Friday, September 25, 2009

More on First Aid

At my age and state of decay, a decent first aid kit is really not an option, but a necessity. Furthermore, if you are going out on the trail, as any old Scout will tell you, a first aid kit of some sort is an absolute must. You cannot get the most out of the outdoors if you spend all your time concerned about how you are going to preserve yourself, so a first aid kit really contributes to your appreciation of the country!

As I mentioned some months ago, I have been shopping for a first aid kit. I am looking, of course, for one that will not take up too much room in or contribute too much weight to my letterboxing kit. I have found some great products on line and in local stores that have really nice small cases, but do not offer what I am looking for in a kit, so I decided that it was time to go back to my Scouting roots and make my own.

One of the first pages that I stumbled upon when searching for personal first aid kit advice was on the Vermillion County, Illinois page. It is aimed specifically at Search and Rescue volunteers, and it has some fantastic pointers, and they have much of what I am looking for in a first aid kit: they are very compact and yet versatile. If you are interested, take a look at the site here. I am thinking of putting three or four of these together so I can have one in each car, one for the kit and one for long walks in the country.

Tuesday, September 22, 2009

Schwinn Bike Letterbox

When I was a kid I had a lime-green Schwinn. My parents took me to Bob's Bikes in Fair Oaks and we perused every bike in the store until we lit on the green cruiser. It was a beauty, and I loved it. I crashed it often enough that it eventually ended up with an off-plumb frame, and it was retired. I do not know what ever happened to that old bike, but I have never had another quite like it.

So the Schwinn Bike Letterbox in Folsom started off with several points in its favor. It is a beautiful walk along the American River, but if I had given it even a little thought I might have chosen a slightly cooler day for the hike. It was a long hike in the 91° weather, but I had a quart of icy cold water in my Nalgene and a good straw hat on my head, so I was ready to go. I really appreciated my trusty chestnut staff today. There is a delightful nineteenth century ruin on this hike, which makes it all the more delightful, and the instructions are simple and clear, so when you find the box, you know you have found it.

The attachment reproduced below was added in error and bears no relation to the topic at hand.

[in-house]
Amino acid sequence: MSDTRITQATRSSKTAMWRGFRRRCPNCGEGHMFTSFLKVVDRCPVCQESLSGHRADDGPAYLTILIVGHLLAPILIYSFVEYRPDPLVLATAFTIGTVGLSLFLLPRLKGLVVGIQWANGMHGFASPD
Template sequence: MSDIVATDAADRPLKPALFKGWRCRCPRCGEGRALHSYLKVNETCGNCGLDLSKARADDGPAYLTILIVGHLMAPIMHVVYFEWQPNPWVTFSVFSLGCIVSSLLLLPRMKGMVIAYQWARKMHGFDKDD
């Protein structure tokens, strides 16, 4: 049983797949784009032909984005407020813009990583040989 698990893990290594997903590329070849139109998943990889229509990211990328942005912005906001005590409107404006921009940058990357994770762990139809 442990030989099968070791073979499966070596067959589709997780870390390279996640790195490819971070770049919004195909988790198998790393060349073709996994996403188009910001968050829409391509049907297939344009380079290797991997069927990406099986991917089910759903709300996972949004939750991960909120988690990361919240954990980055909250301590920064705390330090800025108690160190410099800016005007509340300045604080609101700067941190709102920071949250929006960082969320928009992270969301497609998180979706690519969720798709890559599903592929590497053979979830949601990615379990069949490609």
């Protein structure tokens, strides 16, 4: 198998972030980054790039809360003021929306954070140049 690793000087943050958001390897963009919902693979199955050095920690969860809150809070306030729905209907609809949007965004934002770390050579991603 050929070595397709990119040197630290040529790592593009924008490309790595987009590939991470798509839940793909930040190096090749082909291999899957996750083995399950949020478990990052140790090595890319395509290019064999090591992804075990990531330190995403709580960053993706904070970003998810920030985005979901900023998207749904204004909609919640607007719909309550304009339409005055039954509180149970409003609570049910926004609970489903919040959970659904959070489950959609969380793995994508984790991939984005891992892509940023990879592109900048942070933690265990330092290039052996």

It was a lovely afternoon in the country. There is a second box, unrelated to the Schwinn Bike box, that starts on the same path. I think that will be the next on the Wandering Walkers agenda!

Friday, September 11, 2009

Atlas Quest vs. LbNA

In the minds of many letterboxers there appears to be a tacit rivalry between the Atlas Quest and Letterboxing North America (LbNA) websites. My first introduction to letterboxing was via the LbNA site, and it has been my go-to source for letterboxes ever since. Atlas Quest, I thought, was a secondary information repository that some letterboxers preferred to put their information into, and they invariably linked the information through LbNA.

Boy, was I ever wrong.

Atlas Quest has a wealth of letterboxes that are not listed on the LbNA site! How was I to know? Now, whenever I am planning an excursion, both sites are definite stops before the trip.

Atlas Quest is a more modern site with a lot more bells and whistles than the rather old-fashioned LbNA site. LbNA, in its austerity, is more in the spirit of the sport itself, but that is not an issue for me. I have a sentimental fondness of LbNA, but my new re-discovery of Atlas Quest has kindled a desire to find all the local letterboxes!

Monday, August 10, 2009

Betting My Bumbershoot

In the beautiful northern end of the Sacramento Valley we are still experiencing triple-digit weather and numerous bright and sunny days. A bit warm for ideal letterboxing, to be sure, but what is ideal letterboxing weather? Whilst it is true that 70° F with scattered clouds might be idyllic, a bit of heat will certainly not take the joy out of it, so long as we stay hydrated and wear our sun block.

That said, it is the second week of August, and the industrious inner Scout has become concerned about the rain that will be upon us in forthcoming months. As a result, I have decided to add a really good umbrella to the letterboxing kit.